Poetry. Edited by Gian Lombardo. For the first time ever, this volume collects together all of Harry Crosby's published prose poems, including the complete texts for Crosby's Dreams 1928-1929, Sleeping Together, Aphrodite in Flight: Being Some Observations on the Aerodynamics of Love, and Torchbearer, plus selections from Chariot of the Sun and Mad Queen. Originally these Black Sun Press titles were limited edition books and have been out of print for years and available only to serious book collectors. Active in the late 1920s, Crosby was the first poet writing in English to produce a significant body of prose poetry. He synthesized a great deal of the cultural elements of post-World War I Europe: Symbolism, Dadaism and Surrealism. At the time, he was a bold experimenter in form and content. This book also includes essays by Robert Alexander and Bob Heman, plus an introduction by Gian Lombardo.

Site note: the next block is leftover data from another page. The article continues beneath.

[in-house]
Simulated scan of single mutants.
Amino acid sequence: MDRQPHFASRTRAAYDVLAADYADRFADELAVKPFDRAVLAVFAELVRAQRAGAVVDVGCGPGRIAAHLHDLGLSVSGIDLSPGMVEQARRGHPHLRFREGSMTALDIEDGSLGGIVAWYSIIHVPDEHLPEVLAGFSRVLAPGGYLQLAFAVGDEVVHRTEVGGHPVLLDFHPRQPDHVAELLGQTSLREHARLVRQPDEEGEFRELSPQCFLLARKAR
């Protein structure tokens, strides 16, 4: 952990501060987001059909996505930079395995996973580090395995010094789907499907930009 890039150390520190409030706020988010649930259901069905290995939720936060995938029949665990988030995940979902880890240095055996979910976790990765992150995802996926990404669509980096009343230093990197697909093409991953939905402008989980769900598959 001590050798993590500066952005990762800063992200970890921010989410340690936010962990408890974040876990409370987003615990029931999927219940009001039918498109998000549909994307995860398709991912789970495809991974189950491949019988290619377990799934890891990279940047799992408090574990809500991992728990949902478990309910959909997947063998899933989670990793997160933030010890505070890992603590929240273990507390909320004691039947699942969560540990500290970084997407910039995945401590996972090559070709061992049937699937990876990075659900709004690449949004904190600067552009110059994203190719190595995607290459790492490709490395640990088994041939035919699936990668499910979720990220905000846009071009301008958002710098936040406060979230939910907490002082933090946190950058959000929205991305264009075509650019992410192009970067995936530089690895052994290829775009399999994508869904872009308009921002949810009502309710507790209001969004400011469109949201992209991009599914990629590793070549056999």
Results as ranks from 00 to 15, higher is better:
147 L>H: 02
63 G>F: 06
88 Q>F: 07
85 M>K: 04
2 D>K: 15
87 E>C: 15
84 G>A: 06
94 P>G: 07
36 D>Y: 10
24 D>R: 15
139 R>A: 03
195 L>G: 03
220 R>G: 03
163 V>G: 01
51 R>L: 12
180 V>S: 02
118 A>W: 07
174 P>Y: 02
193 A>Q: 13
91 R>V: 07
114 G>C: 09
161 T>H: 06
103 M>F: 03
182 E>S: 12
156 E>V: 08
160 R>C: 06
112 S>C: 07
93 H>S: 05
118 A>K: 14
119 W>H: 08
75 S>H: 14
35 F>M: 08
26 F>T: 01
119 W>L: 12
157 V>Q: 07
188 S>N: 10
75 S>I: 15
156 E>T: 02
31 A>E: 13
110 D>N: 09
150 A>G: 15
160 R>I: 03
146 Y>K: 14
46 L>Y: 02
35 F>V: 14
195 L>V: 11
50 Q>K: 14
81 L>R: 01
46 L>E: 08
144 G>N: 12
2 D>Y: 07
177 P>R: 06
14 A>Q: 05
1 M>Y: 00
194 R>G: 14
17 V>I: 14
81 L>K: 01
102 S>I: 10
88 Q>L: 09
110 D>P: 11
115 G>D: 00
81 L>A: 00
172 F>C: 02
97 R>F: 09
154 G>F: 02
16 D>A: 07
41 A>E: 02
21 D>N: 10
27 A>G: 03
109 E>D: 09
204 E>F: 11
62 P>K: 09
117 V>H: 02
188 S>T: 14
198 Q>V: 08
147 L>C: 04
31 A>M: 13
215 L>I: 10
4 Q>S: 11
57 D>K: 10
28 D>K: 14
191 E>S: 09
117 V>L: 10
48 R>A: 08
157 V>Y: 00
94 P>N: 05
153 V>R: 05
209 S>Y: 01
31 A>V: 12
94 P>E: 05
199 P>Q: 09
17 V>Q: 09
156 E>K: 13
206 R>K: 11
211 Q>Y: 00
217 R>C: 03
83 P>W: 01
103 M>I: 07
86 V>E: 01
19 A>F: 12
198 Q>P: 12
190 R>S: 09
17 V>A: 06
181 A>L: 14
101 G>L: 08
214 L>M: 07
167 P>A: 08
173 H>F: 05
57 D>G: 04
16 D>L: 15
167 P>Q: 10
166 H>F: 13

Harry Crosby was born June 4, 1898, in Boston, and died on Dec. 10, 1929, in New York City. A nephew of J. P. Morgan, Crosby was raised in Boston. During World War I he volunteered as an ambulance driver, witnessed the ravages of war, came close to being killed and earned the Croix de Guerre. He settled as an expatriate in Paris after the war, and led an extravagant and bizarre life. He scandalized Brahmin Boston by courting and marrying an already-married woman who invented the bra and changed her name from Polly to Caresse. In 1927, he and Caresse founded Editions Narcisse to publish their own work. Editions Narcisse later became Black Sun Press, which published their poetry along with work by Archibald MacLeish, Hart Crane, D. H. Lawrence, James Joyce and Kay Boyle. These were fine limited editions of well-made books. Crosby ended his life in a murder-suicide pact with his lover, Josephine Rotch Bigelow, in a friend's apartment in New York City.Author City: USA